Beginning in 1991, Dr. Travis and his colleague and wife, Meryn Callander, focused their efforts on attachment parenting, connection parenting and infant wellness. In 1999, with 11 other birthing and attachment professionals, including Suzanne Arms, Marilyn Milos and Sharron Humenick, they co-founded the Alliance for Transforming the Lives of Children (aTLC), which fosters individual and planetary wellness through changing how babies are conceived, gestated, born, and treated in their early years.[25] In 2000, Meryn and he, along with their daughter, Siena, moved to Meryn's homeland of Australia, where they continued their work in both adult and infant wellness.[26] Incorporating a global, cultural, and environmental focus, they sought to integrate these aspects of wellness with the concept of "full-spectrum wellness."

In 1997, through personal experience, he and Meryn recognized, and eventually named, the phenomenon that leads to the largely unrecognized epidemic of disappearing dads—Male Postpartum Abandonment Syndrome (MPAS). MPAS is described in Why Dads Leave: Insights and Resources for When Partners Become Parents, authored by Meryn, which included resources for readers to prevent and address the issues raised.[27]

John’s nascent Project FatherMore offers resources to individuals and couples who are experiencing MPAS through video interviews of men and women who have recognized the symptoms described and sought to address the issues raised. Meryn and John separated in 2012.


  • Wellness Inventory (Wellness Associates, 1975, 1981, 1988, 2003) ISBN 978-0-9625882-0-4
  • Wellness Workbook, coauthored with Regina Ryan (Ten Speed Press, 1981, 1988, Celestial Arts, 2004) ISBN 978-1-58761-213-8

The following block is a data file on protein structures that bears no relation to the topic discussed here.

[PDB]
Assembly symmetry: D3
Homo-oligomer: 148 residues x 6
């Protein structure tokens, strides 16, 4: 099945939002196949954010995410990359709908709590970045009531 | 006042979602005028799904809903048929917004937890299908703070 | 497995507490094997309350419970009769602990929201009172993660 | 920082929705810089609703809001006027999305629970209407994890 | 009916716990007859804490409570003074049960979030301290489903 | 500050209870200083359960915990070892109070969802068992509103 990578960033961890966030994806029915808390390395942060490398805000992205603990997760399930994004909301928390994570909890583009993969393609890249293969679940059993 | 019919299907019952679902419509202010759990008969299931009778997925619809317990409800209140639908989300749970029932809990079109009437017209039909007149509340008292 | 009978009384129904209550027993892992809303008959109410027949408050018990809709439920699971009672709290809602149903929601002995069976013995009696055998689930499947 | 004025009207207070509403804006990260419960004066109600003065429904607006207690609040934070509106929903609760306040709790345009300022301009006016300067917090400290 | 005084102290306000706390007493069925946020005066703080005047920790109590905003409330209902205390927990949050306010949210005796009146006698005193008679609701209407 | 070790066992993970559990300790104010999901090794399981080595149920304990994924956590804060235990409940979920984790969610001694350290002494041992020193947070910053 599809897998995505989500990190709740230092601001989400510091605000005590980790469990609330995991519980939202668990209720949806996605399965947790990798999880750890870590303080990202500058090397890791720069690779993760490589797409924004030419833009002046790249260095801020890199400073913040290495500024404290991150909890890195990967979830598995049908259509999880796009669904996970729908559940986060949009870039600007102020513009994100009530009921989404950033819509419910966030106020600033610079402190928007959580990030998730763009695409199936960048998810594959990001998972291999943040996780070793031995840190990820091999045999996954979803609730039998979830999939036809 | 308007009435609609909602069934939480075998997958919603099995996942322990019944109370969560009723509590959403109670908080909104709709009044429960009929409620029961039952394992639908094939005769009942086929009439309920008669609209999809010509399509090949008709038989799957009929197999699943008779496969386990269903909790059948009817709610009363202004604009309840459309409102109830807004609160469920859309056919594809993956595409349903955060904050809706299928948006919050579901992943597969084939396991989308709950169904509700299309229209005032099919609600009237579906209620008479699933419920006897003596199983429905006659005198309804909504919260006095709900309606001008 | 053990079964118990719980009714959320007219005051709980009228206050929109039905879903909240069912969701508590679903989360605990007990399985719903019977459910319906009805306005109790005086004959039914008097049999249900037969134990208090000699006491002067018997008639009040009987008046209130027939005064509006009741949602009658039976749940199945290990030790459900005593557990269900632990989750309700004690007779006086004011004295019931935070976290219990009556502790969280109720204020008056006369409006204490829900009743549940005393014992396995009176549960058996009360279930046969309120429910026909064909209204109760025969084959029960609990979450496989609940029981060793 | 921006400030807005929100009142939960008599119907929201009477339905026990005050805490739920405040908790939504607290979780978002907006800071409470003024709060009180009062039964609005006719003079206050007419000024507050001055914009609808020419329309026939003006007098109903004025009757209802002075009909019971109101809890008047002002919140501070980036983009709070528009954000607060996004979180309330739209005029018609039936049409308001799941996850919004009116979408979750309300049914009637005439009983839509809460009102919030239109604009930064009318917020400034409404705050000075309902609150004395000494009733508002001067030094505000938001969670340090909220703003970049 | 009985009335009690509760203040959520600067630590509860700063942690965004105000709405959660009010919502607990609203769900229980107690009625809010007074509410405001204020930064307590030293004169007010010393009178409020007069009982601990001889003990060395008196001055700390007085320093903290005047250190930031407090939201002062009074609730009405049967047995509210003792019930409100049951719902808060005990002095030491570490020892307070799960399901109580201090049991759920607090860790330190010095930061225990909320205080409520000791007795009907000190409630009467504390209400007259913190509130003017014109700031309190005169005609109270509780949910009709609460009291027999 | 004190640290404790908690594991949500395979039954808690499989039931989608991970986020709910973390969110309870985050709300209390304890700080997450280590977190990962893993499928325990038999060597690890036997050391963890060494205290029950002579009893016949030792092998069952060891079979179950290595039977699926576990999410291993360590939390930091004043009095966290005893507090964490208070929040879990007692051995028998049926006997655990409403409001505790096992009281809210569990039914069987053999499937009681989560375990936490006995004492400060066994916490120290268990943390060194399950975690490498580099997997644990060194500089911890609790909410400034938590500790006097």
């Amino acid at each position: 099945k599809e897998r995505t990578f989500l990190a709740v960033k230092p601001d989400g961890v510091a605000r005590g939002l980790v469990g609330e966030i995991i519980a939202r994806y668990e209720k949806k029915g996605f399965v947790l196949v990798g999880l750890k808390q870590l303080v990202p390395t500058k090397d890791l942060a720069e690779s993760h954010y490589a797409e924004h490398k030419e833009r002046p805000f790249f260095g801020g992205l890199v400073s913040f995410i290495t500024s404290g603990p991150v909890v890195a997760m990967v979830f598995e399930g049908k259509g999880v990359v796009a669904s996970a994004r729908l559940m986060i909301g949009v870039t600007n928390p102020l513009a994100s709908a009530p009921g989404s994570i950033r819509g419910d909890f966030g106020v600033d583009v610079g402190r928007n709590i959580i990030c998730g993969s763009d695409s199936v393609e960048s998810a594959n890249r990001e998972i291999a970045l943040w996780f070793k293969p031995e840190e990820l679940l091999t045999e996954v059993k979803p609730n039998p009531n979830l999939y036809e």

• Simply Well: Choices for a Healthy Life, coauthored with Regina Ryan (Ten Speed Press, 1990, 2001) ISBN 978-1-58008-292-1
  • Wellness For Helping Professionals: Creating Compassionate Cultures, co-authored with Meryn Callander (Wellness Associates Publications, 1990) ISBN 978-0-9625882-1-1
  • A Change of Heart: The Global Wellness Inventory, co-authored with Meryn G. Callander (Arcus Press, 1994) ISBN 0916955125
  • The Society of Prospective Medicine’s Handbook of Health Assessment Tools (SPM Press, 1999) ISBN 978-0-932109-09-5


  1. ^ Hans A. Baer (1 January 2004). Toward an Integrative Medicine: Merging Alternative Therapies with Biomedicine. Rowman Altamira. pp. 5–. ISBN 978-0-7591-0302-3. 
  2. ^ a b c d "Wellness". Retrieved 2013-12-09. 
  3. ^ "Academic Catalog 2010-2011". California Institute of Integral Studies. Retrieved 3 January 2014. 
  4. ^ Pelletier, Ken (1977). Mind as healer, mind as slayer: a holistic approach to preventing stress disorders. Dell Pub. pp. 312–316. ISBN 9780440555926. 
  5. ^ "John Travis, MD, MPH". Retrieved 2013-12-09. 
  6. ^ Ferguson, Tom. "How Health Workers Can Promote Self-Care". Retrieved 30 December 2013. 
  7. ^ "A New Vision of Wellness". Retrieved 2013-12-09. 
  8. ^ Nadine Abelson-Mitchell (26 February 2013). Neurotrauma: Managing Patients with Head Injury. John Wiley & Sons. pp. 43–. ISBN 978-1-118-45524-1.